We are seeing first hand what deregulation has done to our financial institutions and Consumer Reports reminds us in their newest publication, Shop Smart; “There are no federal regulations for items marketed as eco-friendly so some green products might not be as green as you think”.

The experts at ShopSmart, from the publisher of Consumer Reports, spent months sizing up fridges, running dishwashers, burning light bulbs, and punishing faucets to find the best green kitchen products.

  1. Get a water-saver faucet

· Why: A gleaming new faucet is an easy upgrade, but kitchen models can be water wasters compared with some bathroom faucets. Low-flow bathroom faucets with the Environmental Protection Agency’s new WaterSense label are about 30 percent more efficient.

· Easy Green Fix: Until the EPA comes up with criteria for low-flow kitchen faucets (they’re in the works), for $3 to $11 you can make most new or existing taps more efficient simply by attaching an aerator.

· One Possible Draw Back: With lower flow, it might take a bit longer to fill that pasta pot.

· What to Buy: Two Kohler models that aced ShopSmart’s most recent tests and can be ordered with custom-fit aerators for about $10 are the Vinnata K-690-BX , $550, and the Forte K-10433-VS, $250. Another green choice is a hands-free faucet, like the Danze Parma D421058, $480.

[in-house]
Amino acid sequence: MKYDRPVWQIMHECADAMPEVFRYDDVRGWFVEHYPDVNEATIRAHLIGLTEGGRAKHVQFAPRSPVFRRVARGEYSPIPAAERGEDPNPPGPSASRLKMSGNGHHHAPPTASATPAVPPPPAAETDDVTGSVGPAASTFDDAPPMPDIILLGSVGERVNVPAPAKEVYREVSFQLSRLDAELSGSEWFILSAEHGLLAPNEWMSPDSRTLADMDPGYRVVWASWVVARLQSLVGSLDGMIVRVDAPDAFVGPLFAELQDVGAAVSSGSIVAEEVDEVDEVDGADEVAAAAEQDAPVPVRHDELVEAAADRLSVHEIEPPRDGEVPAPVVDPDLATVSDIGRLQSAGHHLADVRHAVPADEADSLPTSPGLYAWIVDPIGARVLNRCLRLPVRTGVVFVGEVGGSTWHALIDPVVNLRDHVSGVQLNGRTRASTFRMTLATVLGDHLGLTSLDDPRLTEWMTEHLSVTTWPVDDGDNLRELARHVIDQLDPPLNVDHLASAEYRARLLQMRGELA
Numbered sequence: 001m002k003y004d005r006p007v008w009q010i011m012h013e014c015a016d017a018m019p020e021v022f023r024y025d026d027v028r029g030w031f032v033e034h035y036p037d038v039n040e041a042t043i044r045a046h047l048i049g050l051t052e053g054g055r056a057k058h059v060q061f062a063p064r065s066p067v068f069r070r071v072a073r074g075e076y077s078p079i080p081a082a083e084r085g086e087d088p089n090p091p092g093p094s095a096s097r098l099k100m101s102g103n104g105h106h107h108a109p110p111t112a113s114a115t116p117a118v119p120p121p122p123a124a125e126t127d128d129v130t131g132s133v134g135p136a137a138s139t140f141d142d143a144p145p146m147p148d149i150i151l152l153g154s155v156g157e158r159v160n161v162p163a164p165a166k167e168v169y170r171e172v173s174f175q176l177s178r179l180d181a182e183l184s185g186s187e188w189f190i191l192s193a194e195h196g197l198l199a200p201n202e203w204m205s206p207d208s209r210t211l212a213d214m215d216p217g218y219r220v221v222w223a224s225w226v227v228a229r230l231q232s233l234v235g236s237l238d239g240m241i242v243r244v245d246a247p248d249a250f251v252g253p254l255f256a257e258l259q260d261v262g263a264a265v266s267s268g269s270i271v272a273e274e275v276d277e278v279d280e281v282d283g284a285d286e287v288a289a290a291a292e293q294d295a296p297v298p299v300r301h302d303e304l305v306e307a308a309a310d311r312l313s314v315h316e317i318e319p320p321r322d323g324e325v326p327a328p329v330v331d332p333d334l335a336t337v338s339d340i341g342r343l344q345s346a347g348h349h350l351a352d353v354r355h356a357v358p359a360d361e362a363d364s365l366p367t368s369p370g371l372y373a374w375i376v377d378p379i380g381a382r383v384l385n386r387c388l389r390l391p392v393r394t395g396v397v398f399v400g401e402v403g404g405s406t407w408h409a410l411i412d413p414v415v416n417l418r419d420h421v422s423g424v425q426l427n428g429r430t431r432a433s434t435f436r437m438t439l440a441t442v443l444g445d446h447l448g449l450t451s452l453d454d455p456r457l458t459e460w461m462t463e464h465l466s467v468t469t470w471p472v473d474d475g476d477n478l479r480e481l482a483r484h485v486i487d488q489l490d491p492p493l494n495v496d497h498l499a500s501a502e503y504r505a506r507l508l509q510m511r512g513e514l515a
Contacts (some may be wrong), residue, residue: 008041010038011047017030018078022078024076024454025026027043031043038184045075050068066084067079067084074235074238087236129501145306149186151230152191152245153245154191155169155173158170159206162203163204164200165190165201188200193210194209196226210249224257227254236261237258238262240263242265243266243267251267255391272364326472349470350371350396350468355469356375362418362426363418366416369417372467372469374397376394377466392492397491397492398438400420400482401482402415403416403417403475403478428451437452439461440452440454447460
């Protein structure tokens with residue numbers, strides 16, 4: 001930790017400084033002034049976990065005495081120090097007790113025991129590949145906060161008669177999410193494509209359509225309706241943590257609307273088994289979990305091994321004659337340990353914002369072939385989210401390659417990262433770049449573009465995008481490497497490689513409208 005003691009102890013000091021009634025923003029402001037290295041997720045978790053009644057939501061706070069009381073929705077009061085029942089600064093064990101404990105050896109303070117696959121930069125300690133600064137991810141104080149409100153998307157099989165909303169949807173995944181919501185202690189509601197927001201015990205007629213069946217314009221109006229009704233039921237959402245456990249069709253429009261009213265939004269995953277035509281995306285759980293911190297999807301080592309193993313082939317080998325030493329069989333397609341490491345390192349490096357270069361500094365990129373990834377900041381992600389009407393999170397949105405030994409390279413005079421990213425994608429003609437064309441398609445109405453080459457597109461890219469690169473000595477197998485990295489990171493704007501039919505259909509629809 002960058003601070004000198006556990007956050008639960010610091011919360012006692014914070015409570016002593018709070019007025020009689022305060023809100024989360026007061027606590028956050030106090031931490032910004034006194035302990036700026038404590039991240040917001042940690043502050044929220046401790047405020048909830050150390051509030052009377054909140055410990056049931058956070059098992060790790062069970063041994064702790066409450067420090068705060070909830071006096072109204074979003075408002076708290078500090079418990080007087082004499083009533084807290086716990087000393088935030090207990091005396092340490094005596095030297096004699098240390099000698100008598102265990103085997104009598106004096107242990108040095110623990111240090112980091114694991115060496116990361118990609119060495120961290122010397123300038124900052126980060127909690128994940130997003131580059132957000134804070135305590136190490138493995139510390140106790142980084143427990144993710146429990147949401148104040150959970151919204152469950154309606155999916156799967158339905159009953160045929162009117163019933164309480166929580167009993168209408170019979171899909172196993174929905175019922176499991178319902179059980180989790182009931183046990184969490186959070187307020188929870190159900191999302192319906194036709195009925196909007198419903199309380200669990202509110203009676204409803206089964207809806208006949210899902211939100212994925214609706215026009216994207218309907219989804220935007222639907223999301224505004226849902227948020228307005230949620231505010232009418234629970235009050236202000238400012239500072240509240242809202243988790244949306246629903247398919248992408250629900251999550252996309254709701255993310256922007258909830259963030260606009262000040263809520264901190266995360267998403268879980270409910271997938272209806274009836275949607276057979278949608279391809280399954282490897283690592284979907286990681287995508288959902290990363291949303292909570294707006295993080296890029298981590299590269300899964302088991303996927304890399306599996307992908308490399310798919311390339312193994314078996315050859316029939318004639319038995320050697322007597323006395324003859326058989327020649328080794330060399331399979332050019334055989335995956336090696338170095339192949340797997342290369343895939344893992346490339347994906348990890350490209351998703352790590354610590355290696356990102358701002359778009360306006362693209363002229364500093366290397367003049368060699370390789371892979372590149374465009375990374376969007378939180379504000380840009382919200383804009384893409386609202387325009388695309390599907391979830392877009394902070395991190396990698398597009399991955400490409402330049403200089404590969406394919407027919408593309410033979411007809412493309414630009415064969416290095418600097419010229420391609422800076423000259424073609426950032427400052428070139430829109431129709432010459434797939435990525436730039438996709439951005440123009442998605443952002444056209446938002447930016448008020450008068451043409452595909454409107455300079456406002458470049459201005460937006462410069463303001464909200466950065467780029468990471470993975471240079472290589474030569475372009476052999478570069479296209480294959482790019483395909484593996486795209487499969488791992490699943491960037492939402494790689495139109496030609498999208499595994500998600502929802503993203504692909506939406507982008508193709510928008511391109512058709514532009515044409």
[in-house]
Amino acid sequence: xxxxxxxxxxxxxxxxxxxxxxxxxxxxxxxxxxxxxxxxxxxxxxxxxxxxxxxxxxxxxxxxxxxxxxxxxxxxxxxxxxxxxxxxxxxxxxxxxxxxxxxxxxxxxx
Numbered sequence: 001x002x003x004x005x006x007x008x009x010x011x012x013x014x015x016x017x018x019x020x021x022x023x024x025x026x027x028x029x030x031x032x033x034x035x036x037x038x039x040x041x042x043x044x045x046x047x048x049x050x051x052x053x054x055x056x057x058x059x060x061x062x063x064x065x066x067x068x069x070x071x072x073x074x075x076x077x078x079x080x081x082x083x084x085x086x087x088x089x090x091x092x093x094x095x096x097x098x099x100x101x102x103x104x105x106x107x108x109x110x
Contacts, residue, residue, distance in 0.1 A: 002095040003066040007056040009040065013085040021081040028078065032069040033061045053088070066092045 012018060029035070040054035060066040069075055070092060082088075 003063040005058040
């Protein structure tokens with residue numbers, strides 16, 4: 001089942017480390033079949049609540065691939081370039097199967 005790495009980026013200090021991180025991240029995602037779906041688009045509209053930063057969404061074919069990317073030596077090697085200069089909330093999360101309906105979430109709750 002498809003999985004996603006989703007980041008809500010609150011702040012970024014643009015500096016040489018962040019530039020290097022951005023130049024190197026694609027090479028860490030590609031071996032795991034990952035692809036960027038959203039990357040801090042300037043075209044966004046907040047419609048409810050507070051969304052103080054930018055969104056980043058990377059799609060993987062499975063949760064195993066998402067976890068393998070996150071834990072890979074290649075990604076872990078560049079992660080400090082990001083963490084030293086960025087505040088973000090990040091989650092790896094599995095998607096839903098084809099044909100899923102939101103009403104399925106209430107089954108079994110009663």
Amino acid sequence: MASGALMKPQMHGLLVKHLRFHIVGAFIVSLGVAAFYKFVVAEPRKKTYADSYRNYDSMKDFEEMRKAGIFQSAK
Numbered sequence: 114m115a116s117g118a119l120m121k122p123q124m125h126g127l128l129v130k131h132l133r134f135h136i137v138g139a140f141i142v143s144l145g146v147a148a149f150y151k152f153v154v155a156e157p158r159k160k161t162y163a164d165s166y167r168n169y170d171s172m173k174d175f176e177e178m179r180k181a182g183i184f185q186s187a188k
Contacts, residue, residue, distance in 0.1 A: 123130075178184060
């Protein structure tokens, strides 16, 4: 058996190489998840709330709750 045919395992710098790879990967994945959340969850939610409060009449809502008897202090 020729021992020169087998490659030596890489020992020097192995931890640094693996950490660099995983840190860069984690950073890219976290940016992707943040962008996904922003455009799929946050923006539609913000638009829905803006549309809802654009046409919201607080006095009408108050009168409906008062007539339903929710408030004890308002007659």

· Tip: When you find a faucet style you like, make sure it has a lifetime warranty that covers stains and water-wasting leaks.

  1. Switch to watt-stingy lighting

· Why: Modern kitchens can use up to 2,000 watts for lighting because standard incandescent, halogen, and xenon lights are energy hogs. All that excess heat from lights might prod you to turn down the A/C to cool things off.

· Easy Green Fix: Switch to cool-burning compact fluorescent lights (CFLs) in overhead fixtures, and also consider adding some LED or fluorescent undercabinet task lighting. This easy fix costs about $200 for five fluorescent fixtures.

· One Possible Draw Back: Some—but not all—CFLs and LEDs cast a bluish or other funky-color light. Before you buy, ask if you can return the fixture if you don’t like the way the light looks with your décor.

· What to Buy: Strips are the most common type of task lighting, round “puck” lights are best for casting pools of light onto a counter and linear lights are best if you need more versatile fixtures. Both round “puck” lights and linear lights are available with LEDs.